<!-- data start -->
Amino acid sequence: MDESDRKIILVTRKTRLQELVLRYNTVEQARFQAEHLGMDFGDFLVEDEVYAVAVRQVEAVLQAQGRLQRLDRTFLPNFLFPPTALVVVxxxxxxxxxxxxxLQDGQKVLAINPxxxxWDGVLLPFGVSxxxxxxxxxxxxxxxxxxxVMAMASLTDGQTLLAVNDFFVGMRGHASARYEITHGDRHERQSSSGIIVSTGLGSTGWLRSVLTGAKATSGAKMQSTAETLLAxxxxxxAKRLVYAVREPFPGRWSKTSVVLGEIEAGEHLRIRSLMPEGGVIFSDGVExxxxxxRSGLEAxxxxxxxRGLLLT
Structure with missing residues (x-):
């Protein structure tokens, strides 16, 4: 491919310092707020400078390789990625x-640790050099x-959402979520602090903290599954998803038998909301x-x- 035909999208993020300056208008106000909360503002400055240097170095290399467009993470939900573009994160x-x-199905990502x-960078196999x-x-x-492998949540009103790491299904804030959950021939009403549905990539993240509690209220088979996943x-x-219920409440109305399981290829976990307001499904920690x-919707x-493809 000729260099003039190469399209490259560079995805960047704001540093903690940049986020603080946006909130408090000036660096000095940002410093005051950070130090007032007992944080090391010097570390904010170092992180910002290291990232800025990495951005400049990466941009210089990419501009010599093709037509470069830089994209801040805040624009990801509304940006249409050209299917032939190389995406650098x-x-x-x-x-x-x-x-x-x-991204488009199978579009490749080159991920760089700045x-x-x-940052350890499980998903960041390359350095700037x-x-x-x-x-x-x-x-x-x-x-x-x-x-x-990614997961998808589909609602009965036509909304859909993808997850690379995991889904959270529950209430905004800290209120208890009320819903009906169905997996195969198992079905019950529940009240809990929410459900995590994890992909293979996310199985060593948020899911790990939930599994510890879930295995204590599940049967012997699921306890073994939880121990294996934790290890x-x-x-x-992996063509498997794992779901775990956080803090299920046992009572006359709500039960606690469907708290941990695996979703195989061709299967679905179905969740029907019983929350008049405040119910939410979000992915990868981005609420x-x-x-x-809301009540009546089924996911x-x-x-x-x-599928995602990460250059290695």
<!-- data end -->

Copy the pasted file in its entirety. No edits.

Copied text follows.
Amino acid sequence: MDESDRKIILVTRKTRLQELVLRYNTVEQARFQAEHLGMDFGDFLVEDEVYAVAVRQVEAVLQAQGRLQRLDRTFLPNFLFPPTALVVVxxxxxxxxxxxxxLQDGQKVLAINPxxxxWDGVLLPFGVSxxxxxxxxxxxxxxxxxxxVMAMASLTDGQTLLAVNDFFVGMRGHASARYEITHGDRHERQSSSGIIVSTGLGSTGWLRSVLTGAKATSGAKMQSTAETLLAxxxxxxAKRLVYAVREPFPGRWSKTSVVLGEIEAGEHLRIRSLMPEGGVIFSDGVExxxxxxRSGLEAxxxxxxxRGLLLT
Structure with missing residues (x-):
């Protein structure tokens, strides 16, 4: 491919310092707020400078390789990625x-640790050099x-959402979520602090903290599954998803038998909301x-x- 035909999208993020300056208008106000909360503002400055240097170095290399467009993470939900573009994160x-x-199905990502x-960078196999x-x-x-492998949540009103790491299904804030959950021939009403549905990539993240509690209220088979996943x-x-219920409440109305399981290829976990307001499904920690x-919707x-493809 000729260099003039190469399209490259560079995805960047704001540093903690940049986020603080946006909130408090000036660096000095940002410093005051950070130090007032007992944080090391010097570390904010170092992180910002290291990232800025990495951005400049990466941009210089990419501009010599093709037509470069830089994209801040805040624009990801509304940006249409050209299917032939190389995406650098x-x-x-x-x-x-x-x-x-x-991204488009199978579009490749080159991920760089700045x-x-x-940052350890499980998903960041390359350095700037x-x-x-x-x-x-x-x-x-x-x-x-x-x-x-990614997961998808589909609602009965036509909304859909993808997850690379995991889904959270529950209430905004800290209120208890009320819903009906169905997996195969198992079905019950529940009240809990929410459900995590994890992909293979996310199985060593948020899911790990939930599994510890879930295995204590599940049967012997699921306890073994939880121990294996934790290890x-x-x-x-992996063509498997794992779901775990956080803090299920046992009572006359709500039960606690469907708290941990695996979703195989061709299967679905179905969740029907019983929350008049405040119910939410979000992915990868981005609420x-x-x-x-809301009540009546089924996911x-x-x-x-x-599928995602990460250059290695």